Freakonomics author Steven Levitt is a perfect example of elite college advantage in action. Would an economics professor at State U get a book deal and be able to launch a mass media movement like Freakonomics? The network and prestige associated with Harvard, MIT and U of Chicago (all Ivy level private schools) are what enabled Levitt to get to where he is.

I'm a scientist and have worked at a UC (top tier state school) and an Ivy. The quality of students and education are the same, really there is no difference. The job fairs and recruiting at the Ivy are light-years beyond what was going on at the UC. I've had a much easier time placing students in both industry and academic positions from the Ivy school, even to companies and schools I "abandoned" when I left California and their "privileged" relationships with UC. I've also had an easier time recruiting research staff to my lab here, despite a lower salary compared to cost of living. That is real value, and it's a LOT of value.


Rohan Shah

Elite college status would matter if you don't have much else going for you (at least in Engineering). Once you have some level of work experience, you cease being Mr. X from "Ivy league". You are then known by your work experience.

However, I wouldn't like other commentators discount the "getting in" capabilities of an Ivy league. Us public university graduates have to prove so much more when trying to find our first jobs.

Gary O.

As EK suggests, there may be a greater disparity between the "value" provided by an elite college in the UK or US than in Israel. The authors fail to mention two possibilities: (1) that perhaps Israelis are less obsessed than Americans or the British with attending or having their children attend elite colleges; (2) that Israelis are equally obsessed, but so much so that Hebrew University is not even in the same status universe as the US or UK elite (didn't Netanyahu attend MIT?). Without addressing these questions, all the study does is reinforce the prejudice that those that attend elite universities attain what they do based largely on merit alone (you know, like George W. Bush).

Ian Gilbert

Whether these results apply in other cultures and societies with different business values, different class structures (overt and covert), and different forms of social distinction (snobbery) is still an open question.

Are British employers, for example, as open-minded toward red-brick graduates as Israeli employers are to the graduates of COMAS?


The answer to geek's question "why Israel, again?" is pretty simple. Israel is an open society in which researchers can ask any question they want. It is a country with a large number of universities and of professors studying stuff and publishing papers. And, like professors in other small countries where few outsiders speak the language, they often publish in English. Papers published in French, Turkish or Japanese are less likely to be noticed by an American blog.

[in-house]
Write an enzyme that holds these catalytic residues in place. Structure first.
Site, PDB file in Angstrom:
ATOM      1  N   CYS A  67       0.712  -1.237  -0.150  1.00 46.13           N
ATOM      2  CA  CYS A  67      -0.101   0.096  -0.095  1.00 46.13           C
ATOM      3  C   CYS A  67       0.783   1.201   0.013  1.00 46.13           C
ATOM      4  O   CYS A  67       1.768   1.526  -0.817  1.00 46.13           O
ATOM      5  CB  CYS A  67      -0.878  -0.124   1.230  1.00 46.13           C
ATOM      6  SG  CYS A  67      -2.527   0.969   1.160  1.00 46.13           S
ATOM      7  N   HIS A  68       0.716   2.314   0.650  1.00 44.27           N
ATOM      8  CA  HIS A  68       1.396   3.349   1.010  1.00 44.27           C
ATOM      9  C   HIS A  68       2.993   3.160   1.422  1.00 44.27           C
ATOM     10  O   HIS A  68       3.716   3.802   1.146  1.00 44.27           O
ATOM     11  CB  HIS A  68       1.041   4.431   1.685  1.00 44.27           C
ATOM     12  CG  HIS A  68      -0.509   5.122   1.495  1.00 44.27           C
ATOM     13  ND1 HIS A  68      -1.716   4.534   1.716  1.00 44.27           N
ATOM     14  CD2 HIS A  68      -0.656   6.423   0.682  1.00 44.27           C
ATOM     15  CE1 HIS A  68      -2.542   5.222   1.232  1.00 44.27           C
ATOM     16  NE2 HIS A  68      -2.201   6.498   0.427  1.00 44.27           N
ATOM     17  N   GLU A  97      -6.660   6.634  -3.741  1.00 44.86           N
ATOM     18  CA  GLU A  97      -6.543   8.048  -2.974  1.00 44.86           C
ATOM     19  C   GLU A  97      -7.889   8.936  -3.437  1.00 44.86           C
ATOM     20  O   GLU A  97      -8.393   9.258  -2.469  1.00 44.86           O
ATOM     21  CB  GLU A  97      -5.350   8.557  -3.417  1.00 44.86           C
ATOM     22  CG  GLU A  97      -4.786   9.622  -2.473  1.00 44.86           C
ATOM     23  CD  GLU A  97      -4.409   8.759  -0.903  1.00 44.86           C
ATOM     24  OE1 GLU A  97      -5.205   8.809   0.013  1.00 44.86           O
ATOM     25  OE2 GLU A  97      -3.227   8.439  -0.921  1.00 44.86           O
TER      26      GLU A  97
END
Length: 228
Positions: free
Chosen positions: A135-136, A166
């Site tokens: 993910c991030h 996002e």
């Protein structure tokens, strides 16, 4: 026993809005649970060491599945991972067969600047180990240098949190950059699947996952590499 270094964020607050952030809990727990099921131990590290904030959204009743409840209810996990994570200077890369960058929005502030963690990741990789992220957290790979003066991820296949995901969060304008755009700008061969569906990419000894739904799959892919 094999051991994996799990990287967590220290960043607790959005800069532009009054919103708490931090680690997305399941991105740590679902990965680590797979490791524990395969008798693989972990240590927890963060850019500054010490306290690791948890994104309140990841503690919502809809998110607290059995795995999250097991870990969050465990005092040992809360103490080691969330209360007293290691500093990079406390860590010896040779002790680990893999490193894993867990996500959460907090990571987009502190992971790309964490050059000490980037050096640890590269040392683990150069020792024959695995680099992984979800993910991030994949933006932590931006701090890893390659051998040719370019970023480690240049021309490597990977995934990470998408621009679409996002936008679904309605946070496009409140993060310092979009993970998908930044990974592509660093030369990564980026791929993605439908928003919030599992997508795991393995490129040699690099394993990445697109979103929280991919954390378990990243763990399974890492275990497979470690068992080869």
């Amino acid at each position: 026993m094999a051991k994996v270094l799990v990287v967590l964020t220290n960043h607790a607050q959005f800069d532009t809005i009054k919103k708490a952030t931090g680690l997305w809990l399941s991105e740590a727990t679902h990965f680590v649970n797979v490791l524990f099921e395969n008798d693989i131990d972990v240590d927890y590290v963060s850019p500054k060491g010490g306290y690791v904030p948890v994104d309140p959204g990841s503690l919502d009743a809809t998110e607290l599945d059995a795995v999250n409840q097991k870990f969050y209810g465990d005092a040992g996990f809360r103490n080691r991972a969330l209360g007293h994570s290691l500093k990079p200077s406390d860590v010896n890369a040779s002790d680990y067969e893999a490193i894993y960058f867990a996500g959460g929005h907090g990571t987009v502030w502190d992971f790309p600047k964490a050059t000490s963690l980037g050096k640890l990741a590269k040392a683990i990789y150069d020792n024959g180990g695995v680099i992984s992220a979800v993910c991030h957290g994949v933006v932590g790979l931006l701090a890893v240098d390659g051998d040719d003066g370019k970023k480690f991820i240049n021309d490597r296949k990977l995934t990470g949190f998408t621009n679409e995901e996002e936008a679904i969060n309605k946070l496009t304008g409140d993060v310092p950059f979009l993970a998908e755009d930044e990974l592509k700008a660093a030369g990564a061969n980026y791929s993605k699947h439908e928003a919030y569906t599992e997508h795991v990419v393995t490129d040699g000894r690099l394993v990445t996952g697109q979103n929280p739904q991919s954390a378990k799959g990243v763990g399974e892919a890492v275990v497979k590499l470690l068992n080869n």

Marc W.

In fields like engineering it has been my experience that, depending on what you want to do, going to an "elite" school (like an ivy) not only might not provide a definitive advantage,it can be a hindrance. I think the prevailing opinion is that a lot of the more prestigious schools prepare their students for grad school, and not necessarily a profession. I guess it may be true that it can help get your foot in the door for the highest tier jobs, but if you're one of those just looking for a job to get started in, doing well at your state school should get you noticed by employers. If I recall there was a recent survey of job recruiters asking them to rank schools, and it was dominated by state universities.


I did not read the "ungated" version of this, but while this study may reveal some truths, what happens in Israel may not be reflected in the United States or anywhere else. To state the obvious, perhaps, there are enough variables in this type of study, that it can not be used to give a complete and accurate picture of individual experience on the market place.

Matt J

Sorry but I sense a lot of elitism in some of the earlier comments. I work at big company out here in Silicon Valley and we are interviewing people almost weekly. From my experience, it's easy to assume "Ivy" students are going to ace the interviews. "OMG, I Cannot WAIT for this MIT guy!!!" Sadly, once we get him here, he fumbles and we all walk away from him. Then out of no where, some little rock-star kid who didn't even finish state school blows us away.

I've learned to not even care about the school part. I want to see if this guy has self initiative and a personality. I want to see if he really knows what he says he knows.

Besides most schools teach the same material. At least they all have to meet the same baseline to be accredited.

Sure getting your foot in the door anywhere is easier with "Ivy" credentials. Yet, in my industry at least, it's just a foot :-).